Calvin (David Carradine) is a nasty guy living in the desert with his
step-daughter (Kyra Sedgwick). He treats her rather poorly and berates
her yet she seems blissfully happy despite this. One day, something
really weird happens with the well Calvin is trying to dig. It turns
out to be a much deeper hole and there is SOMETHING living down there.
When he drops a flashlight down there, whoever or whatever is down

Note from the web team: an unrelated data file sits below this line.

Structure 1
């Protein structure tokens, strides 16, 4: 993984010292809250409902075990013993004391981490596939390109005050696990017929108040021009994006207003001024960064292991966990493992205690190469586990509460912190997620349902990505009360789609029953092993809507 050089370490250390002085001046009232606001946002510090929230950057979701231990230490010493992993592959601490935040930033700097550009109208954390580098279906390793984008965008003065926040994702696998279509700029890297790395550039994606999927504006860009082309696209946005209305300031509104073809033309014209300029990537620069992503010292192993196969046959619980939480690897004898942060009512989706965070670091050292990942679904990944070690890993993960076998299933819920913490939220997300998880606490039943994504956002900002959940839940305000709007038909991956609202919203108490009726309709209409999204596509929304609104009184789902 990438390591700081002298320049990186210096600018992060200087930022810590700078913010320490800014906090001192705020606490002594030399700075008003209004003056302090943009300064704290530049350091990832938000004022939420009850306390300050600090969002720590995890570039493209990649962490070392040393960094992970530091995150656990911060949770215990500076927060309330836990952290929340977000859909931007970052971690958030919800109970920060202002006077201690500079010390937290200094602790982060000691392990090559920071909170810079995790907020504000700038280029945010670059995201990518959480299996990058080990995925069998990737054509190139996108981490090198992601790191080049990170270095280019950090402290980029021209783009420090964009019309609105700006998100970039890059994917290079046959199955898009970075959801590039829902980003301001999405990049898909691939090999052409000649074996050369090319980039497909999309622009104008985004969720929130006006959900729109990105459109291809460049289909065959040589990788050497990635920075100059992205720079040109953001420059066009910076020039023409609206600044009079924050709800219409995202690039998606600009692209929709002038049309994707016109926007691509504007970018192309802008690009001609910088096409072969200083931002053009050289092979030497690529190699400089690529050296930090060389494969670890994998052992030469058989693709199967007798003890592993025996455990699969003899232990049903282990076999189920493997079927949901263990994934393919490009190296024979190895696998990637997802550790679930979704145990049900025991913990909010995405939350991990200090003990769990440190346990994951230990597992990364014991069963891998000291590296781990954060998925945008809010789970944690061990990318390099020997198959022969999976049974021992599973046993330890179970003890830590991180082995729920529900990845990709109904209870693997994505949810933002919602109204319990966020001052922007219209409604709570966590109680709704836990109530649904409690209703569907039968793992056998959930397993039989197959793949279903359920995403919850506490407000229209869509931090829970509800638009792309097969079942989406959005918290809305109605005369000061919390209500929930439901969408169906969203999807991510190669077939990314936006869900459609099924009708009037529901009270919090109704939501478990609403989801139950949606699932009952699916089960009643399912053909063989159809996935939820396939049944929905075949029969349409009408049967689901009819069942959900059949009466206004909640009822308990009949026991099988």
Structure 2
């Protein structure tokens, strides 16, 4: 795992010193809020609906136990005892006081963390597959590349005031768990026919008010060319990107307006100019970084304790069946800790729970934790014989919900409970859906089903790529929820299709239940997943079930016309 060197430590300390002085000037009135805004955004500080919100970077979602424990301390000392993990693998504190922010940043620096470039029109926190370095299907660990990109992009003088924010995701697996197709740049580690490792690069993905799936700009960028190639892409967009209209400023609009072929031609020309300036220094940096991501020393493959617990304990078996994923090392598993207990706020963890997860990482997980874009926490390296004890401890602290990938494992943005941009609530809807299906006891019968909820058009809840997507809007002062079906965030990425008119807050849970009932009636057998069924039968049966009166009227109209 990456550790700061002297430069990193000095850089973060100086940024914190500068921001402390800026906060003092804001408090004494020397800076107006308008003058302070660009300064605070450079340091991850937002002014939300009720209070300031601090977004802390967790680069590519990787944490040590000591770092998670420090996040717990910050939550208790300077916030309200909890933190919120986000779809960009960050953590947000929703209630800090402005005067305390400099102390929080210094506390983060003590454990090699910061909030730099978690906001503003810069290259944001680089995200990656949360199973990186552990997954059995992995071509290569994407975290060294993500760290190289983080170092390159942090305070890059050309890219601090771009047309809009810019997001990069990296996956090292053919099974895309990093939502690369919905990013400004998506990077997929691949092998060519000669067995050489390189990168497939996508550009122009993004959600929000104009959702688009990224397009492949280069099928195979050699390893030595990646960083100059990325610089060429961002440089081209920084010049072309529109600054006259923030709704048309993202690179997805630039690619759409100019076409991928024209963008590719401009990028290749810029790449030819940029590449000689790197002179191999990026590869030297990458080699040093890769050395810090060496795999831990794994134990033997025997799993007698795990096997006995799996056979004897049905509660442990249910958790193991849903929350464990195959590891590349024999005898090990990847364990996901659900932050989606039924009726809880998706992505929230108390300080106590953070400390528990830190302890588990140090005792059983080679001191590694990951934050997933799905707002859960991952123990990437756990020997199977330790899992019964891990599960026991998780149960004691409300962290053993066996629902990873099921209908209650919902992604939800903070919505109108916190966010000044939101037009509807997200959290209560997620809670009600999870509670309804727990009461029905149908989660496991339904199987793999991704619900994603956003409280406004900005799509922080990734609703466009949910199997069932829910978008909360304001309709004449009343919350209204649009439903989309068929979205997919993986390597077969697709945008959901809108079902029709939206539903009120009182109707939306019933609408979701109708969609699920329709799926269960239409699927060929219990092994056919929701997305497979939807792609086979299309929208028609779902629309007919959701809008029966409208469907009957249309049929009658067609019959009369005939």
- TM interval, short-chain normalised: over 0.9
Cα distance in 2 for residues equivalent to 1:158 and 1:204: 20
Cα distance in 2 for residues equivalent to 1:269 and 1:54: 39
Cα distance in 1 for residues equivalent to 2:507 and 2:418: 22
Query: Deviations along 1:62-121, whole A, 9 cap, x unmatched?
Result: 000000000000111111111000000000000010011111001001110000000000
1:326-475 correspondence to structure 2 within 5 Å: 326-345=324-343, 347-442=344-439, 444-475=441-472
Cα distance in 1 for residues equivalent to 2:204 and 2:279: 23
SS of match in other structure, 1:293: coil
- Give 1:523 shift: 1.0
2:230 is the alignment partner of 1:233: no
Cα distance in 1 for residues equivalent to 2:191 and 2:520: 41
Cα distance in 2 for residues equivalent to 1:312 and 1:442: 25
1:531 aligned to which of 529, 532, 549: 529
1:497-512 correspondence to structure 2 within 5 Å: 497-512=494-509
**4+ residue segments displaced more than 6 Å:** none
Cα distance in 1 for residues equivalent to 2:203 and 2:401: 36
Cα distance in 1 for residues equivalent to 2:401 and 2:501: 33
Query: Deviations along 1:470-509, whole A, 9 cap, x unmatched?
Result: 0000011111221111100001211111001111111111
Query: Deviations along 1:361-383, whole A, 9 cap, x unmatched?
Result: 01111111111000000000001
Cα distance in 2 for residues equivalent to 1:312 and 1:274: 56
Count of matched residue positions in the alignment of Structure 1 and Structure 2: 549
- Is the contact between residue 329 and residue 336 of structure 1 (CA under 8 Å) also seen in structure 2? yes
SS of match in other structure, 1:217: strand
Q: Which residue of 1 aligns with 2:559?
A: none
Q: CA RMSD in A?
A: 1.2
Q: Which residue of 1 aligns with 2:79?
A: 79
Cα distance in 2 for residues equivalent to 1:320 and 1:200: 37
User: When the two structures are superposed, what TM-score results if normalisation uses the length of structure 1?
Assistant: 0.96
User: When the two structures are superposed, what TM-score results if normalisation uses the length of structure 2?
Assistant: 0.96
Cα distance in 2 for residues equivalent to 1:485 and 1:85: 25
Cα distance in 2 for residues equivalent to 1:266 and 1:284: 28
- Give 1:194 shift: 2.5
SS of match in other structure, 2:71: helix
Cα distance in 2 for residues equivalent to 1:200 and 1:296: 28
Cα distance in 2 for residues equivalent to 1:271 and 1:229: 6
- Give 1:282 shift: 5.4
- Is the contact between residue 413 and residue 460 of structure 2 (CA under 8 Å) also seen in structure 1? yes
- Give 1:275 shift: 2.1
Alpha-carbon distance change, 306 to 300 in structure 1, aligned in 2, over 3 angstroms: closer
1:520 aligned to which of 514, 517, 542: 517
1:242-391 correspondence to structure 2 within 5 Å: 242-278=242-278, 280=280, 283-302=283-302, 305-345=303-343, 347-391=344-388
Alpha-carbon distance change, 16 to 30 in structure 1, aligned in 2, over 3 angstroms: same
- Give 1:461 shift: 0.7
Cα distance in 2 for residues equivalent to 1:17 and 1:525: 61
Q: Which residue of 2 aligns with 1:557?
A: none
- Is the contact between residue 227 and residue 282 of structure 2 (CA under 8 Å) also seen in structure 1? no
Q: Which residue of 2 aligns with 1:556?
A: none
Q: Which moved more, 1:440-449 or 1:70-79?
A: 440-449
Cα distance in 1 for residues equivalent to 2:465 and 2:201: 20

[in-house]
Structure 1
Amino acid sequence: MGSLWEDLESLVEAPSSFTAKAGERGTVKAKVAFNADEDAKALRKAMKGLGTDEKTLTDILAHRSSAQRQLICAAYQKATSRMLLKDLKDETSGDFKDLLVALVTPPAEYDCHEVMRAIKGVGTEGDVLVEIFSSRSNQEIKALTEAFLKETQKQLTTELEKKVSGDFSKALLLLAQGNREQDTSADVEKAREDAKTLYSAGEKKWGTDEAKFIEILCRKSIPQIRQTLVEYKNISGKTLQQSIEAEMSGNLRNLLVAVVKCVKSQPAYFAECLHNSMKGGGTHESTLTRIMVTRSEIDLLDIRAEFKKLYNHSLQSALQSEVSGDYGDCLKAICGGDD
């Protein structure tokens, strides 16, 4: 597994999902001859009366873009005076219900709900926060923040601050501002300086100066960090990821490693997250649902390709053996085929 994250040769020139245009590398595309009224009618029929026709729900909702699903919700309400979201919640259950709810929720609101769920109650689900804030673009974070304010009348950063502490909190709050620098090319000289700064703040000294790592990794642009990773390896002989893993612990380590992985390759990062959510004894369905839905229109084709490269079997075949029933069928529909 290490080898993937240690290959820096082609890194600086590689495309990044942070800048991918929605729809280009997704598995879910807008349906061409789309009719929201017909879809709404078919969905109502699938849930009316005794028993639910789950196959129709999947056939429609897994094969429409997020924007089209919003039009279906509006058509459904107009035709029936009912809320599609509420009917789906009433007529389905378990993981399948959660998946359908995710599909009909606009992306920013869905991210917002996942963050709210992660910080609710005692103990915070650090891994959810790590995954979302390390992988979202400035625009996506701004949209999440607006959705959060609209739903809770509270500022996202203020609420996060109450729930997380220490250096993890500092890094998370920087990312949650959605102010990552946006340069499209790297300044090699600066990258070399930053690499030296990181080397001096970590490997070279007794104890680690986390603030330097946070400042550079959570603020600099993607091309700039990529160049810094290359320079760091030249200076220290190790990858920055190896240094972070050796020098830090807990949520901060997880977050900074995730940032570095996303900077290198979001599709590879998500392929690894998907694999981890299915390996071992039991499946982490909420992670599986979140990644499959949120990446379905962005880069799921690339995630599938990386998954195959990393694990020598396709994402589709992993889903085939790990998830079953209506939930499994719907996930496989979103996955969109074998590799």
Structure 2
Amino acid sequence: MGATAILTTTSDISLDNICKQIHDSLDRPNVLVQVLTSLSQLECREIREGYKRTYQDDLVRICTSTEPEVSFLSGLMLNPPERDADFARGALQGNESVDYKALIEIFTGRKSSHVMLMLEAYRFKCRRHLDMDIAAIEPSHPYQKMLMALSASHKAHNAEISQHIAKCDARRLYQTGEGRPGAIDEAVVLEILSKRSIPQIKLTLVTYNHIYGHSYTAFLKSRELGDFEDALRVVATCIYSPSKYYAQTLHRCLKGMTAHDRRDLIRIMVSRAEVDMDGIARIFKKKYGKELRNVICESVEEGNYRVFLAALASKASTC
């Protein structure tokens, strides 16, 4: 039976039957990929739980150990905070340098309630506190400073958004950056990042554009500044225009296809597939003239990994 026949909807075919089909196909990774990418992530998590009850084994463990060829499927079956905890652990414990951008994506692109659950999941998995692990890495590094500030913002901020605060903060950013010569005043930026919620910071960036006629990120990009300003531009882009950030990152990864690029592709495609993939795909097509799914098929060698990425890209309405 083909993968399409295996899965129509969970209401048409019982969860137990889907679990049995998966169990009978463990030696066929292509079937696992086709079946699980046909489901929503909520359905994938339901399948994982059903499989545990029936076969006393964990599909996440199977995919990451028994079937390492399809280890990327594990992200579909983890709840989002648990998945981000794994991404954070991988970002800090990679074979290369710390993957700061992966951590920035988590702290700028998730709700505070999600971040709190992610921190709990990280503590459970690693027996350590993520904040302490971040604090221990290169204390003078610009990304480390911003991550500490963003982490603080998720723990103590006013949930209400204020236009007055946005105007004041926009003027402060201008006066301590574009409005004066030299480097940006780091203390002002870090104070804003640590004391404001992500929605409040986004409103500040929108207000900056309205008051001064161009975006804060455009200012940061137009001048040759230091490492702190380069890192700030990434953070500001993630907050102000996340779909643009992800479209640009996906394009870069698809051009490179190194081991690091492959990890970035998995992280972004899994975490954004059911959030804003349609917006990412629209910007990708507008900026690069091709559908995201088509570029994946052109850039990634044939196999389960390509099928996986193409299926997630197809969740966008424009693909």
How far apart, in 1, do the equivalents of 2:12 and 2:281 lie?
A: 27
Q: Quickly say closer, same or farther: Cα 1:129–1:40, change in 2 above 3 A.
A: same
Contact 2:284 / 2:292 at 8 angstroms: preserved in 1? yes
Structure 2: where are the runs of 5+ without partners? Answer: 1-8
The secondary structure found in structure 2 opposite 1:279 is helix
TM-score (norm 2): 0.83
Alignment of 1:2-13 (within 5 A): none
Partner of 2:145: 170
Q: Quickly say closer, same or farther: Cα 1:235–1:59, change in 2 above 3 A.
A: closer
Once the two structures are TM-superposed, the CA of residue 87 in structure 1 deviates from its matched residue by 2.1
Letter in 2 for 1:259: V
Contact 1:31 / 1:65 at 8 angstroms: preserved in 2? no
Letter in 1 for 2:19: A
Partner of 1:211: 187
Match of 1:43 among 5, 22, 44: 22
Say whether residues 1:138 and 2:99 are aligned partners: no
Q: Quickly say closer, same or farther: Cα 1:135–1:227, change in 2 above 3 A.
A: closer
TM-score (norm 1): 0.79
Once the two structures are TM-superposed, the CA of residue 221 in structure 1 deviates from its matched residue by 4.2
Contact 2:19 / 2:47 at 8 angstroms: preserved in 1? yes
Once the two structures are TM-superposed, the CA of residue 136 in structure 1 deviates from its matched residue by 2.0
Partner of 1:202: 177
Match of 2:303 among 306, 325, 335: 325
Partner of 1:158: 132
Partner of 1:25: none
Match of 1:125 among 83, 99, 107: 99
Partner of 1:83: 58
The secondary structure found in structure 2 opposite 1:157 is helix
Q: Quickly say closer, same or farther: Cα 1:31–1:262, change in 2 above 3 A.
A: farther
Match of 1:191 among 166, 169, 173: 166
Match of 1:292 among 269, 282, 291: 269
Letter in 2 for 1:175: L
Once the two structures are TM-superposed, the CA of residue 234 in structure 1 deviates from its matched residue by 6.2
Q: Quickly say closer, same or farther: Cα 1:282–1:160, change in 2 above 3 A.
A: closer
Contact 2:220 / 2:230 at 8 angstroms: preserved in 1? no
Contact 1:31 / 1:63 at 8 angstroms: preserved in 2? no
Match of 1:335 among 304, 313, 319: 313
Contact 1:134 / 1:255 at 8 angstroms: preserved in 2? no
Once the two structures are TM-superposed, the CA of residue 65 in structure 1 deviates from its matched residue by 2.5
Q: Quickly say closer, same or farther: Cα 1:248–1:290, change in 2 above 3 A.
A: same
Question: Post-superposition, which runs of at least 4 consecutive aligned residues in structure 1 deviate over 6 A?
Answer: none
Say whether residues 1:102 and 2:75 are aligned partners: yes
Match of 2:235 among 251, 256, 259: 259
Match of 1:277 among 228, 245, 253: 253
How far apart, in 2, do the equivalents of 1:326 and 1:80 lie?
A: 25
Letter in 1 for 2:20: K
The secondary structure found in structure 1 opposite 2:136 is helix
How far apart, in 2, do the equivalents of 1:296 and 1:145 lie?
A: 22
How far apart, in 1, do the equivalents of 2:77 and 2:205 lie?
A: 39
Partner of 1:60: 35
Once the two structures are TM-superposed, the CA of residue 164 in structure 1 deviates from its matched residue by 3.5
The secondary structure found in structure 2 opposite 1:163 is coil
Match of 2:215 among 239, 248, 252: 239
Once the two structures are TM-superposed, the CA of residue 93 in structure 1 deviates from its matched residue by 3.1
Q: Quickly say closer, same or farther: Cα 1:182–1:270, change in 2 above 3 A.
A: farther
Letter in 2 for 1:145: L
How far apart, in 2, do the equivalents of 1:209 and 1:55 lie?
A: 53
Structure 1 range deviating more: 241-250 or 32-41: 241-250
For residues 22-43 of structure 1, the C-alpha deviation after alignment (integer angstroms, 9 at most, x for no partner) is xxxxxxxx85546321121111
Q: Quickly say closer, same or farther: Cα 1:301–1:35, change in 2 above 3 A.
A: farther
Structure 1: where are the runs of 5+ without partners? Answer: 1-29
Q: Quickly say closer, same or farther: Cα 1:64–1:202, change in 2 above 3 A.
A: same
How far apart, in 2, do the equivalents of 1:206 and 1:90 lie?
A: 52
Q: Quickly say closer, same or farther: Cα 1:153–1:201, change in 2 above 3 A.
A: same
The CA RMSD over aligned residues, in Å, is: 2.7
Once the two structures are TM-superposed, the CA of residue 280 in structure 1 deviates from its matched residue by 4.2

there shows their gratitude by tying a small bundle to his rope. When
he opens it, he finds it's full of gold!! Now the greedy Calvin is
going to the store to buy LOTS of flashlights to send down into the
hole! During his absence, the step-daughter sends down a dictionary and
some ham. This time they include a note, in English, explaining that
their scholars have deciphered their language and they are thanking
them for the ham...and they want more food. They also include some very
expensive jewelry. Next, she sends down some raw chickens. What's next?
"Thanksgiving" is unusual in that it's completely original, funny as well as creepy. Had the series had more shows like this one, no doubt it would have lasted much longer.